It's great to see people weighing on in this issue. Now, a question for all of you who favor this bill: how much more are you willing to pay in taxes in order to pay for implementing the bill? It's going to cost a whole lot more money than what they set aside for it. Millions more. Would you pay an additional, say, $20 a year for it? If so, call your reps now and let them know! Given the budget shortfall, the money must be raised somehow.

  • davisgw Mar 16, 2011

    This is a necessary move and is nothing more than common sense. I have lived in other states where either voter registration card is required or no vote. I don't see this as a race or age issue but rather one of modern times.

  • 27610-USA Mar 16, 2011

    Hey, state NAACP President Rev. William Barber why don't you call President Obama and see if he is with me on this new name: NAAAP (National American Association for All People). I think he will agree, because he is kind of stuck in the middle being (mixed) black and white you know. Think about it for the good of this country: Stronger organization, better America and less whining. That is what our President would want for America.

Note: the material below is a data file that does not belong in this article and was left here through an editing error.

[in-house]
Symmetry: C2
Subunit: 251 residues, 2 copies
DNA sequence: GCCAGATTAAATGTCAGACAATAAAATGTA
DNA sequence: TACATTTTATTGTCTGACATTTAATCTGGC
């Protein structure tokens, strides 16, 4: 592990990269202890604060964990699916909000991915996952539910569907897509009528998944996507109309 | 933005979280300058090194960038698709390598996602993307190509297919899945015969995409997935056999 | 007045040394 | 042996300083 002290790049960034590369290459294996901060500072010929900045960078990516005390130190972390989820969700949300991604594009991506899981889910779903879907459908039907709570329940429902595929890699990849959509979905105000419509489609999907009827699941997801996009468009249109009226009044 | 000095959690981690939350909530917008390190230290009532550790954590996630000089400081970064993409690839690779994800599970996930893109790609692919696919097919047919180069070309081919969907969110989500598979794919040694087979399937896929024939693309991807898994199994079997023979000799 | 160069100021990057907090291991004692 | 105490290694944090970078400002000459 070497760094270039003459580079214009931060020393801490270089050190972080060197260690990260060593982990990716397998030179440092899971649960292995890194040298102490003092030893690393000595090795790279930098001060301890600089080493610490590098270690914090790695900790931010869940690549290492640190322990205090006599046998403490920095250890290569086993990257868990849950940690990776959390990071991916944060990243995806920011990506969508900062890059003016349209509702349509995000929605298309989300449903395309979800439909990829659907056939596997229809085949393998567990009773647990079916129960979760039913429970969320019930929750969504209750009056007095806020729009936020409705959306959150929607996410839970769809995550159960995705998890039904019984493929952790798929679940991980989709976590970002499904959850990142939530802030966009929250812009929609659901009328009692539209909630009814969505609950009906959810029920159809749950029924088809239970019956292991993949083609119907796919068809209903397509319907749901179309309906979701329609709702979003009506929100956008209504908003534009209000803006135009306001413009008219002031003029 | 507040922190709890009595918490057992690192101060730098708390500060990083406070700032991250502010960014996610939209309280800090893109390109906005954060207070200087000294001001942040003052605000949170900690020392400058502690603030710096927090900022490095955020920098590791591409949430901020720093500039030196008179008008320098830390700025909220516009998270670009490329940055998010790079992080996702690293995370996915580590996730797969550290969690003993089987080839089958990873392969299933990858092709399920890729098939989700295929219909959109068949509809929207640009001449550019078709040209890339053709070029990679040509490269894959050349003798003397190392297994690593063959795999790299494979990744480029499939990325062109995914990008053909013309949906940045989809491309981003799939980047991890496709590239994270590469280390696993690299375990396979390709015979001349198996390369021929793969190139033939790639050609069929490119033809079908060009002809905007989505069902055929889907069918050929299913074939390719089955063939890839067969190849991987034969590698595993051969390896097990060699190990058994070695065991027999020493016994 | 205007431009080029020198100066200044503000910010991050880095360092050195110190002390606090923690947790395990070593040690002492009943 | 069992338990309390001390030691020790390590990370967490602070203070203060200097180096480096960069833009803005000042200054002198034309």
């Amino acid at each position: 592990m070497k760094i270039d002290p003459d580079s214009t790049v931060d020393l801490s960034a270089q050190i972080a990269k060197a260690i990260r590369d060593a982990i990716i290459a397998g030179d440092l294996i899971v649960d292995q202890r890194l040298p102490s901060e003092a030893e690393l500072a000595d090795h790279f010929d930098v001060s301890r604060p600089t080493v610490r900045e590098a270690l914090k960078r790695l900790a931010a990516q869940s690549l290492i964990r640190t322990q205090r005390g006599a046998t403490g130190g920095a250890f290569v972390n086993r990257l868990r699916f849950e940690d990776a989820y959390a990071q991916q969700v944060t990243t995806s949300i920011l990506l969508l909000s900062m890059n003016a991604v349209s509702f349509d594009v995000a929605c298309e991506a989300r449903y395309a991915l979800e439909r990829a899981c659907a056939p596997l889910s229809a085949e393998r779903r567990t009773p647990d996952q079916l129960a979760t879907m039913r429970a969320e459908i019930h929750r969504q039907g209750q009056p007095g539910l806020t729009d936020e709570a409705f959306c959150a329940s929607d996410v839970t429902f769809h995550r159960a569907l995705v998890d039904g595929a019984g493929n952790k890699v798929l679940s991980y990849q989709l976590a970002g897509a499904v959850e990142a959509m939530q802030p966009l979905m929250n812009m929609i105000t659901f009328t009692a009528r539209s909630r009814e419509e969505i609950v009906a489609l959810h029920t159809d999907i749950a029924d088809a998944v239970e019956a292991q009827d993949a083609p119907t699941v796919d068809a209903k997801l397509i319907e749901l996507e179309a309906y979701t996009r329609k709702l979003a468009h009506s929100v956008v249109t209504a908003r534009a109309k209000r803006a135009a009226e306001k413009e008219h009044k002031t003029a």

• purplepat777 Mar 16, 2011

    You have to show your picture ID to buy alcohol. You have to show your picture ID to open a bank account. You have to show your picture ID when you get pulled over in a traffic stop. You have to show your picture ID at some doctor's offices and urgent care centers. All these instances aren't a hardship? It's only when you have show a picture ID for voting that it's a hardship? How stupid does the NAACP think we are?! Legislators: PLEASE PASS THE VOTER ID LAW. We MUST be able to have confidence in our election results!

  • wa4dou Mar 16, 2011

    It isn't racism, classism or partisanship. You can bet that if the government was giving out money, there would be no arguement with everyone showing up with a photo ID. In this case, a photo ID closes off the ease with which voter fraud can and does occur.

  • 27610-USA Mar 16, 2011

    I vote for the new NAAAP to begin:
    (National American Association for All People).
    It will be a stronger organization, better America and less whining.

  • 27610-USA Mar 16, 2011

    Maybe the NAACP (National American Association for Colored People) should do away with that organization and rename it: NAAAP (National American Association for All People).